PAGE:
Did you know that antidepressant medications are often prescribed to people? without depression?

Is true. Antidepressants are often prescribed for chronic pain, especially pain related to nerve disease (called neuropathic pain), low back or chronic neck pain, and certain types of arthritis.

In fact, some guidelines for the treatment of chronic low back pain and osteoarthritis (the most common type of arthritis) include antidepressants. One specific antidepressant, duloxetine (Cymbalta), is FDA approved for these conditions.

Simply how antidepressants reduce pain is not well understood. One possibility is that they affect the chemicals in the brain involved in the perception of pain, a mechanism that differs from how they combat depression.

It is not usually the first choice to relieve pain

For people with chronic back or neck pain or osteoarthritis of the hip or knee, an antidepressant medication is not usually the first recommended treatment. Typically, other approaches are first attempted, such as physiotherapy, exercise, excess weight loss, nonsteroidal anti-inflammatory drugs (NSAIDs), or cortisone injections. But if they are not helpful, antidepressants like duloxetine or amitriptyline may be a reasonable step.

When pain is prescribed, the initial dose is usually low (often lower than the initial dose for depression). If necessary, gradually increase. Ideally, people should notice a benefit within a few weeks of starting the medication and the lowest effective dose can be continued. It may be recommended to switch to a different antidepressant if the pain is not well controlled, side effects occur, or there is an interaction with another medication.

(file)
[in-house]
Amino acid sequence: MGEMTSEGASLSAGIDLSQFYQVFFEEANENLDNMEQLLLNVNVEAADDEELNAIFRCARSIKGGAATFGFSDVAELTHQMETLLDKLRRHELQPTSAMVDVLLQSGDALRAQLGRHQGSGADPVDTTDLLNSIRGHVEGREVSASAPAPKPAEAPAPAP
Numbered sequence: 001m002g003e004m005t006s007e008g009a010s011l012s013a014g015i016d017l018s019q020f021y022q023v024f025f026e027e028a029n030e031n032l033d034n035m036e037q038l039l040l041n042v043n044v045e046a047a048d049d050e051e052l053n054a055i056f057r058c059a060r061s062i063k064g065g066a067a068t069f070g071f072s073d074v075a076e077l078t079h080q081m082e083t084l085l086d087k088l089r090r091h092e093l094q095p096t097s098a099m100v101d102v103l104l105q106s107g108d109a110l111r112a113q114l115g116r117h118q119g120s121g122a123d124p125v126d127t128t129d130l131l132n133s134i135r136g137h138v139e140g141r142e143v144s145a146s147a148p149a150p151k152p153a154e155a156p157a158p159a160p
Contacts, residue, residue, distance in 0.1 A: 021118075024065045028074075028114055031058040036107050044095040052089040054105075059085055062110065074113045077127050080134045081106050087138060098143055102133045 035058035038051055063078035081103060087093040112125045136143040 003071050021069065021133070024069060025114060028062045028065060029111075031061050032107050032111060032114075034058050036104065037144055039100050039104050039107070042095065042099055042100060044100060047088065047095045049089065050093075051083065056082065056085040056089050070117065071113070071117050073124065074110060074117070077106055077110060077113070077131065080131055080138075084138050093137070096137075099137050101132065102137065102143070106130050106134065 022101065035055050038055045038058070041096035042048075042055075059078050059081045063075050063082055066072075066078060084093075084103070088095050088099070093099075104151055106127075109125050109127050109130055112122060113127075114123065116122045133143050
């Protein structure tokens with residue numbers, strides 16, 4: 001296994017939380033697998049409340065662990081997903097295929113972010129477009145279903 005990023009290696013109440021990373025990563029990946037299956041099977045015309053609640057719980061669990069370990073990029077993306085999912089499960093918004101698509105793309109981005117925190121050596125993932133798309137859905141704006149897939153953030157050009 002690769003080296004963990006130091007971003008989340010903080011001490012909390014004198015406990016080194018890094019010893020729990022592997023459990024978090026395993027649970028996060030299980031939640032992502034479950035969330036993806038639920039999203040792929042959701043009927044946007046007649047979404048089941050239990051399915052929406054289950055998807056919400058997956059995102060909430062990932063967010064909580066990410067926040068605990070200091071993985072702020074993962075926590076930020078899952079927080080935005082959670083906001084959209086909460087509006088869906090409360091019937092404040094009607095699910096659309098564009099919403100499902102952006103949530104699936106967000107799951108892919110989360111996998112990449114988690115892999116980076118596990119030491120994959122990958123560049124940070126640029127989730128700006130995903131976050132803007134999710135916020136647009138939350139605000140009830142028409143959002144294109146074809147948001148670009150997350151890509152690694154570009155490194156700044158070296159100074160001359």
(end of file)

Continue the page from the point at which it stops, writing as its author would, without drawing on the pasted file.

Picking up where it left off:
A new study suggests that antidepressants do not work well for common types of pain

Previous research on antidepressants for chronic pain, such as duloxetine for osteoarthritis of the knee, amitriptyline or duloxetine for chronic low back pain i amitriptyline for chronic neck pain, demonstrated a modest short-term profit. But studies were limited: most trials were small and lasted only a few months or less. It should be noted that medication side effects, such as nausea, constipation, and erectile dysfunction, were common in these trials.

Now one 2021 study has combined data from previous research to better understand the safety and efficacy of antidepressants in these conditions. The news is not good:

  • On average, antidepressant treatment minimally reduced pain and disability compared with placebo. The improvement in pain – about 4 points on a scale of 0 to 100 – was considered too small to be noticed.
  • People treated with certain antidepressants for chronic pain often stopped taking the medication because it did not work, causing unacceptable side effects, or both.
  • People with chronic pain and depression experienced no better improvement than people with chronic pain alone.

Sciatica can be an exception: antidepressants can reduce pain for up to a year. However, the quality of the previous research was poor, so the study authors did not trust these findings.

These findings call into question the usefulness of antidepressant treatment for these common causes of chronic pain. However, they do not rule out the possibility that some people may get more relief from these medications than others.

The conclusion

The available evidence suggests that, on average, the benefit of antidepressants for osteoarthritis or chronic low back pain and neck pain is, at best, modest and usually temporary. This is disappointing because, for many who suffer from pain, there are no reliably effective treatments (in the absence of joint replacement for osteoarthritis).

Therefore, if you are using an antidepressant for pain and you are not sure if it works, talk to your doctor if you need to consider stopping it. But don’t stop it alone. There may be other reasons why your doctor recommends this medicine and many antidepressants should be reduced, not left at the same time, to avoid discontinuation symptoms.

If you are taking an antidepressant for pain, it is worth checking if it is really doing something for you and if it may be time to shorten the list of medications. Not only can you simplify your medical regimen, but you can also reduce the cost of your medications and the risk of medication-related side effects.

Follow me on Twitter @RobShmerling


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